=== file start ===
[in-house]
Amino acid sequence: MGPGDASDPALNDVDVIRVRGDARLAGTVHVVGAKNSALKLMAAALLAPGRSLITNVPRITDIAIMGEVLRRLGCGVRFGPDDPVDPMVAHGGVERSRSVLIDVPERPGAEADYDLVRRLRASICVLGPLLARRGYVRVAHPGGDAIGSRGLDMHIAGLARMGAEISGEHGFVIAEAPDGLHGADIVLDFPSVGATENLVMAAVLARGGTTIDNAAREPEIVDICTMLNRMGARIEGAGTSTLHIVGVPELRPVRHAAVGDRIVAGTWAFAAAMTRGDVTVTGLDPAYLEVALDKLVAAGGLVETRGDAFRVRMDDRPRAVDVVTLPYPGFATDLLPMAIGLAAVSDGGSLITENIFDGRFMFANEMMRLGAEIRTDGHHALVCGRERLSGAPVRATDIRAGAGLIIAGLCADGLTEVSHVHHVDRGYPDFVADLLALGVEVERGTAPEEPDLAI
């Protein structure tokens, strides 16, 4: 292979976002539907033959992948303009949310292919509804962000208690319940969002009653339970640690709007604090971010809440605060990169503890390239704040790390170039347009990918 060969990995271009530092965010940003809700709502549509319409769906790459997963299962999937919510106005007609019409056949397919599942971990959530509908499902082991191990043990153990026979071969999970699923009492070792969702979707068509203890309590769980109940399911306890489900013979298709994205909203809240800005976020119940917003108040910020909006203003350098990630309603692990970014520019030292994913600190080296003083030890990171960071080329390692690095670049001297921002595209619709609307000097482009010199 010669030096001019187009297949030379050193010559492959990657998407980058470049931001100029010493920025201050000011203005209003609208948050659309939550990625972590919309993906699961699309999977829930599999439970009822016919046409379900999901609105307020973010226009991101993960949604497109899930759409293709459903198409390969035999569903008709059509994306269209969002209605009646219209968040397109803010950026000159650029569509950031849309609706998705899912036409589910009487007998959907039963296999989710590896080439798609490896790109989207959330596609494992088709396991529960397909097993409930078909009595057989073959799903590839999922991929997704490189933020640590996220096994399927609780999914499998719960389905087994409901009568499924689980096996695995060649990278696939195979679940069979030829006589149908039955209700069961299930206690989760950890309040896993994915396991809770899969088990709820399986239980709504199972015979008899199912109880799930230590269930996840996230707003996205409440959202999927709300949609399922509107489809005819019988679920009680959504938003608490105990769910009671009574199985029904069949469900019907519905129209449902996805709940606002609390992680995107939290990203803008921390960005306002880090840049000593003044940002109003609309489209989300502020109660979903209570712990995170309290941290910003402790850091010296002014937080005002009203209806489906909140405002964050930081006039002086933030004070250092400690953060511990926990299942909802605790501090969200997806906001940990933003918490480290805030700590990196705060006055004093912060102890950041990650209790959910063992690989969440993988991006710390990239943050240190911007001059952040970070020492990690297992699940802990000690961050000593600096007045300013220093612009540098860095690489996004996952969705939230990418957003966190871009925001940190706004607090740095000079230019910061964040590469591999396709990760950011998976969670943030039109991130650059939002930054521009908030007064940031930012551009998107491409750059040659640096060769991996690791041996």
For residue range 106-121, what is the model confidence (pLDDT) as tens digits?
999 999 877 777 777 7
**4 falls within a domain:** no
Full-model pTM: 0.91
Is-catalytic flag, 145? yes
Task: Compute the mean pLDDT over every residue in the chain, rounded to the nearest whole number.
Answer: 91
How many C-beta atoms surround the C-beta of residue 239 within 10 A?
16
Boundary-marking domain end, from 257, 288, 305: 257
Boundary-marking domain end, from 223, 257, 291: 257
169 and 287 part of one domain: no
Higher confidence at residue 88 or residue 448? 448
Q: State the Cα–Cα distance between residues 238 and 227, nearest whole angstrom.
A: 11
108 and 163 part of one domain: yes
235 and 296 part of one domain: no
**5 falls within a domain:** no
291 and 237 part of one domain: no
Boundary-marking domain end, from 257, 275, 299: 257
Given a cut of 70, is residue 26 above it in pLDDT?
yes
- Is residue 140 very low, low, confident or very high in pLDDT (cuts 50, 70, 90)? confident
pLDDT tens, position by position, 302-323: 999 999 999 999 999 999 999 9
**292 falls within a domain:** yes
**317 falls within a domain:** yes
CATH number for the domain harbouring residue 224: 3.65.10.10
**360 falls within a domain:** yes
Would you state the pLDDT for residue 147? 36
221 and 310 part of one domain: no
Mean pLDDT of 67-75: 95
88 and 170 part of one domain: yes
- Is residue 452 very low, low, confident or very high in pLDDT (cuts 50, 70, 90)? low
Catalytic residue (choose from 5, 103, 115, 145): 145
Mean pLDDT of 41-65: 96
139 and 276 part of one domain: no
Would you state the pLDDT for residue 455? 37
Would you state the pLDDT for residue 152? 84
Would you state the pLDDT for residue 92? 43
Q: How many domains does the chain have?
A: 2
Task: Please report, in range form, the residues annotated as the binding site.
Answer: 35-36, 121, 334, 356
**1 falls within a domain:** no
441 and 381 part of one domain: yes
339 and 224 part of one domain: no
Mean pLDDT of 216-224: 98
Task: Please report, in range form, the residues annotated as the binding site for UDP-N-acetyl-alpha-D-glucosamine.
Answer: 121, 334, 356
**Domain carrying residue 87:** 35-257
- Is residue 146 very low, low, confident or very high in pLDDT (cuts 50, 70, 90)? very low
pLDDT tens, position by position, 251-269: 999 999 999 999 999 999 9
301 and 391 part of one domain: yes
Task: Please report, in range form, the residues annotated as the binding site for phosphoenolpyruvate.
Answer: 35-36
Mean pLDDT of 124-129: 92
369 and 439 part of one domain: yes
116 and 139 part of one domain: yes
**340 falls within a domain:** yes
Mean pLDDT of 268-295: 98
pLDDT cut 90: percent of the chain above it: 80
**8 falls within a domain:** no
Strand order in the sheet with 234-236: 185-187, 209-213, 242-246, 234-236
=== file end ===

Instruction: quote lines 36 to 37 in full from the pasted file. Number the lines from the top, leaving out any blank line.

- Is residue 452 very low, low, confident or very high in pLDDT (cuts 50, 70, 90)? low
Catalytic residue (choose from 5, 103, 115, 145): 145